These reference training tools help make that important connection with and transition to standard reference tools with their use of phonetic spelling. This invention reminds readers of syllable emphasis, letter sounds, and the meaning of vowel markings, and demonstrates the legitimate use of phonetic spelling by incorporating it into information used on the bookmark reference training tool.

This invention also overcomes the problem anticipated by Hoffman by showing both the correct and the phonetic spelling of words. The sight words and letter combinations that must be researched further to learn their correct pronunciation, are identified in the booklet, then repeated in the bookmark reference tool where some are illustrated with phonetically spelled versions of the words that represent the correct pronunciation of the same.

This invention, as with the prior related instruction, is designed for use primarily with “normal” youth and adult readers who had previously failed in their attempts at learning to read. The present invention follows up on the need to protect and preserve restored self esteem as the reader meets new reading challenges, this one being development of fluency. Prior inventions appeared not to concern themselves with the reader's reaction to the learning processes or materials beyond recognition of the role of motivation and that of labeling the materials as being “interesting” or “boring,” and because of that, were again deemed unsuitable for use with this population owing to features of those inventions that would have caused damage to the reader's self esteem.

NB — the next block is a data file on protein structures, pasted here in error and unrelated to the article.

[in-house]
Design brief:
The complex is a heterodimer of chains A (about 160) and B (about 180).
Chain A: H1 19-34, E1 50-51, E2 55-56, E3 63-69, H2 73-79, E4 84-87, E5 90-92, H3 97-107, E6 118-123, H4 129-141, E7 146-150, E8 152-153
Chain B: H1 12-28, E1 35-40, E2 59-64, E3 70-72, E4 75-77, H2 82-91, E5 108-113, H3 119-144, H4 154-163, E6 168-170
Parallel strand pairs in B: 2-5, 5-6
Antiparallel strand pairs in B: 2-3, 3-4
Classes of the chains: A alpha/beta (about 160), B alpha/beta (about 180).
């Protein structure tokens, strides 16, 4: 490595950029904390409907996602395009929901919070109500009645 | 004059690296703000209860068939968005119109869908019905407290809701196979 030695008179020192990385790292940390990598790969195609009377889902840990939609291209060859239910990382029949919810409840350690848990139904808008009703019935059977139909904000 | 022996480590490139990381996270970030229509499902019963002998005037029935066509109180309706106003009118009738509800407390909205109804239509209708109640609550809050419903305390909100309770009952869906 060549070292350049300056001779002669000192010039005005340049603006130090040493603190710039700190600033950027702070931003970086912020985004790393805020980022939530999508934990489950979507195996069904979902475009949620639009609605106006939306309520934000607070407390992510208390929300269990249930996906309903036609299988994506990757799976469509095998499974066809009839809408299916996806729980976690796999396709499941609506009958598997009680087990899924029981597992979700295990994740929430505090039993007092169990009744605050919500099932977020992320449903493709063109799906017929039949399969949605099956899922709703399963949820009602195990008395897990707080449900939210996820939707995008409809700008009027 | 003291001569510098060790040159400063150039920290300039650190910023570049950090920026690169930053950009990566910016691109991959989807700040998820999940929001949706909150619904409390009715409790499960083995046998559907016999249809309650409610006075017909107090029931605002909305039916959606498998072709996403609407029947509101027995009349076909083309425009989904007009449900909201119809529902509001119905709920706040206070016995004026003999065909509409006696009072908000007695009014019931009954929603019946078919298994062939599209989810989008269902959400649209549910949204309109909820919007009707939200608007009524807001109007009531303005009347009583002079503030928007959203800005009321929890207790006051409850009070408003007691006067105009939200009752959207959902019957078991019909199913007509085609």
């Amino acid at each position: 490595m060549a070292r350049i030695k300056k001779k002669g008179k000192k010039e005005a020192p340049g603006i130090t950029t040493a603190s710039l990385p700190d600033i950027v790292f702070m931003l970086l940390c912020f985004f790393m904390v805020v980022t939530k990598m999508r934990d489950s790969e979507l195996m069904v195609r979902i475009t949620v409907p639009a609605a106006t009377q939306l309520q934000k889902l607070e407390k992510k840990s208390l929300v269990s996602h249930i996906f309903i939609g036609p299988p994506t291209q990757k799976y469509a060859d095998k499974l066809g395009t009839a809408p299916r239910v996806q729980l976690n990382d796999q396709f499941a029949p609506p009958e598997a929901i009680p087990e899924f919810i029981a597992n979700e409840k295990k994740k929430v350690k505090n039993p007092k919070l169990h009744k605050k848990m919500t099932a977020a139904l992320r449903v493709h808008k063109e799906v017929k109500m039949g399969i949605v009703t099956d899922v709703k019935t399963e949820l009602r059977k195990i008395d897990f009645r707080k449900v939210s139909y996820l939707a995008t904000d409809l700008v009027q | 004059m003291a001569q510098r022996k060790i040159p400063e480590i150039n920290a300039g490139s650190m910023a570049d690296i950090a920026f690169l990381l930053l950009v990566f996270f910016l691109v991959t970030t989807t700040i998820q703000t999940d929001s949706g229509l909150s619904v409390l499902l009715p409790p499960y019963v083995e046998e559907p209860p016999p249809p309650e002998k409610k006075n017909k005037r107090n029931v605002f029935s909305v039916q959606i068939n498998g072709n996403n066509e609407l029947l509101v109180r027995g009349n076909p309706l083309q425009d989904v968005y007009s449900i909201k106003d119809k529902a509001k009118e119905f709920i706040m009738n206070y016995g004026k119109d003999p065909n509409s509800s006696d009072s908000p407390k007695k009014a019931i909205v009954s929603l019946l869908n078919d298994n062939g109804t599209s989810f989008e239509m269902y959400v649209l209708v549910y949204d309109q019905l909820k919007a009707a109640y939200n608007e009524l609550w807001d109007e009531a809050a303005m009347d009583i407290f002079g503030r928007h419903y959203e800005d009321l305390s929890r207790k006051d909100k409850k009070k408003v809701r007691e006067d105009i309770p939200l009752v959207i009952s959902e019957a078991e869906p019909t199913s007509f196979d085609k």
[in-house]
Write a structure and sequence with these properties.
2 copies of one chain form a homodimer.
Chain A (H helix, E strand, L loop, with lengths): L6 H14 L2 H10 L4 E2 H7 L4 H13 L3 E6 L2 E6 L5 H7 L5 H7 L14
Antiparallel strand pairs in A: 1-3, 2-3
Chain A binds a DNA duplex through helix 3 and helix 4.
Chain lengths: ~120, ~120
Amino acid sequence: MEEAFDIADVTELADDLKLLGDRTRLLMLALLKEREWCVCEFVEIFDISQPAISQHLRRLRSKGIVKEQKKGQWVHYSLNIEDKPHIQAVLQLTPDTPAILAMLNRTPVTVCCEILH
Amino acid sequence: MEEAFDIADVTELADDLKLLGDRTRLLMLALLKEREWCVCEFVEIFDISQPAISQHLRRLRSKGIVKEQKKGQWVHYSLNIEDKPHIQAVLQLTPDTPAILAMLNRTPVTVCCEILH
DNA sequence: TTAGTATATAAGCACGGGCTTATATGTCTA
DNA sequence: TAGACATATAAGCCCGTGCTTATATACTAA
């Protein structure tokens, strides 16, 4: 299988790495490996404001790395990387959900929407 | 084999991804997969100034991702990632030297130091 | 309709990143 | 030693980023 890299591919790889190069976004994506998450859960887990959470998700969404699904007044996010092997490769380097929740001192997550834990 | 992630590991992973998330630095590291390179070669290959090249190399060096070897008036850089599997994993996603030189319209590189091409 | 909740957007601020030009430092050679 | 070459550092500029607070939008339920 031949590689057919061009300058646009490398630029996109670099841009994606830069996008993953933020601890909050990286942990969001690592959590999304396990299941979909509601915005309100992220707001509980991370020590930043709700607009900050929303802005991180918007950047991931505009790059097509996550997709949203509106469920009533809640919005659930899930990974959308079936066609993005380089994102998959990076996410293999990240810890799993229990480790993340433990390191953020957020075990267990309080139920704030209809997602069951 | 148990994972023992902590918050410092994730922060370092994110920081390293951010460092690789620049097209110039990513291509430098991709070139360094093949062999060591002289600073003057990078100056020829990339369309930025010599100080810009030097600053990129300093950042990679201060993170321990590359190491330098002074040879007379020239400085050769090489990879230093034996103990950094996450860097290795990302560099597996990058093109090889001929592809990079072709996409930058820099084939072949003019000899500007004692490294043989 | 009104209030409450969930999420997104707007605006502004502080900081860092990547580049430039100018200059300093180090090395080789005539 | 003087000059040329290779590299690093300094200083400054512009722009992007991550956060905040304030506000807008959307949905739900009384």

Objects of the present invention are to:

provide materials and tools for development of fluency that support the instruction of the prior related method as a means of preventing erosion of reading skills and preventing the reader's having to relearn other instructional methods that could be time consuming thereby becoming a source of discouragement, and

provide reference training materials and tools primarily for normal youth and adult readers with features that are transferable such that by using them the reader is prepared to apply the same learning and techniques in the use of standard reference materials and,